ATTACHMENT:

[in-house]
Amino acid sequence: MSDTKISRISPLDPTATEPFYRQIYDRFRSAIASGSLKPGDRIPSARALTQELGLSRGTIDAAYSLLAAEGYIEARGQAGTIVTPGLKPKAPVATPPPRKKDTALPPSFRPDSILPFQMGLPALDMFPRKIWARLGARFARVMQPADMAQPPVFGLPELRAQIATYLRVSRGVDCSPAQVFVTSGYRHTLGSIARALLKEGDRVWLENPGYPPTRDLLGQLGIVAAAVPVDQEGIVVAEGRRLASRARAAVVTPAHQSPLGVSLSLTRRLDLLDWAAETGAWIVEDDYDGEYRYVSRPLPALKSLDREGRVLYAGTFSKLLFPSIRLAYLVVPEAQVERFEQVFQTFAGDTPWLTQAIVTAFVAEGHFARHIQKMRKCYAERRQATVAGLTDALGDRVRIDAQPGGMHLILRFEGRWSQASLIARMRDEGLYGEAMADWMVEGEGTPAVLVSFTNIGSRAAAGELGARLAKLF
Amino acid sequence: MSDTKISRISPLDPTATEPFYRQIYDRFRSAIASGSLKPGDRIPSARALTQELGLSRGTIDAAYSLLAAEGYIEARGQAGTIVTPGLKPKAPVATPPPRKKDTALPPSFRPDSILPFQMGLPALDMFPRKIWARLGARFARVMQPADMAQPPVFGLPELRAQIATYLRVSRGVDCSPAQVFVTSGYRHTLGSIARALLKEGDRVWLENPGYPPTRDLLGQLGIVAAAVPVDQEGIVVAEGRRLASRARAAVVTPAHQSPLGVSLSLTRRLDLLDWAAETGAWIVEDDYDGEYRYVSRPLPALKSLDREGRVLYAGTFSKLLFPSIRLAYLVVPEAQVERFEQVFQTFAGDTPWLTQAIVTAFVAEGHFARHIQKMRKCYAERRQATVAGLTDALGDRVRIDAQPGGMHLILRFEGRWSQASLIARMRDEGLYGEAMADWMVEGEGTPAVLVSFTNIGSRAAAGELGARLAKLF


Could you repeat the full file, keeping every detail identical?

[in-house]
Amino acid sequence: MSDTKISRISPLDPTATEPFYRQIYDRFRSAIASGSLKPGDRIPSARALTQELGLSRGTIDAAYSLLAAEGYIEARGQAGTIVTPGLKPKAPVATPPPRKKDTALPPSFRPDSILPFQMGLPALDMFPRKIWARLGARFARVMQPADMAQPPVFGLPELRAQIATYLRVSRGVDCSPAQVFVTSGYRHTLGSIARALLKEGDRVWLENPGYPPTRDLLGQLGIVAAAVPVDQEGIVVAEGRRLASRARAAVVTPAHQSPLGVSLSLTRRLDLLDWAAETGAWIVEDDYDGEYRYVSRPLPALKSLDREGRVLYAGTFSKLLFPSIRLAYLVVPEAQVERFEQVFQTFAGDTPWLTQAIVTAFVAEGHFARHIQKMRKCYAERRQATVAGLTDALGDRVRIDAQPGGMHLILRFEGRWSQASLIARMRDEGLYGEAMADWMVEGEGTPAVLVSFTNIGSRAAAGELGARLAKLF
Amino acid sequence: MSDTKISRISPLDPTATEPFYRQIYDRFRSAIASGSLKPGDRIPSARALTQELGLSRGTIDAAYSLLAAEGYIEARGQAGTIVTPGLKPKAPVATPPPRKKDTALPPSFRPDSILPFQMGLPALDMFPRKIWARLGARFARVMQPADMAQPPVFGLPELRAQIATYLRVSRGVDCSPAQVFVTSGYRHTLGSIARALLKEGDRVWLENPGYPPTRDLLGQLGIVAAAVPVDQEGIVVAEGRRLASRARAAVVTPAHQSPLGVSLSLTRRLDLLDWAAETGAWIVEDDYDGEYRYVSRPLPALKSLDREGRVLYAGTFSKLLFPSIRLAYLVVPEAQVERFEQVFQTFAGDTPWLTQAIVTAFVAEGHFARHIQKMRKCYAERRQATVAGLTDALGDRVRIDAQPGGMHLILRFEGRWSQASLIARMRDEGLYGEAMADWMVEGEGTPAVLVSFTNIGSRAAAGELGARLAKLF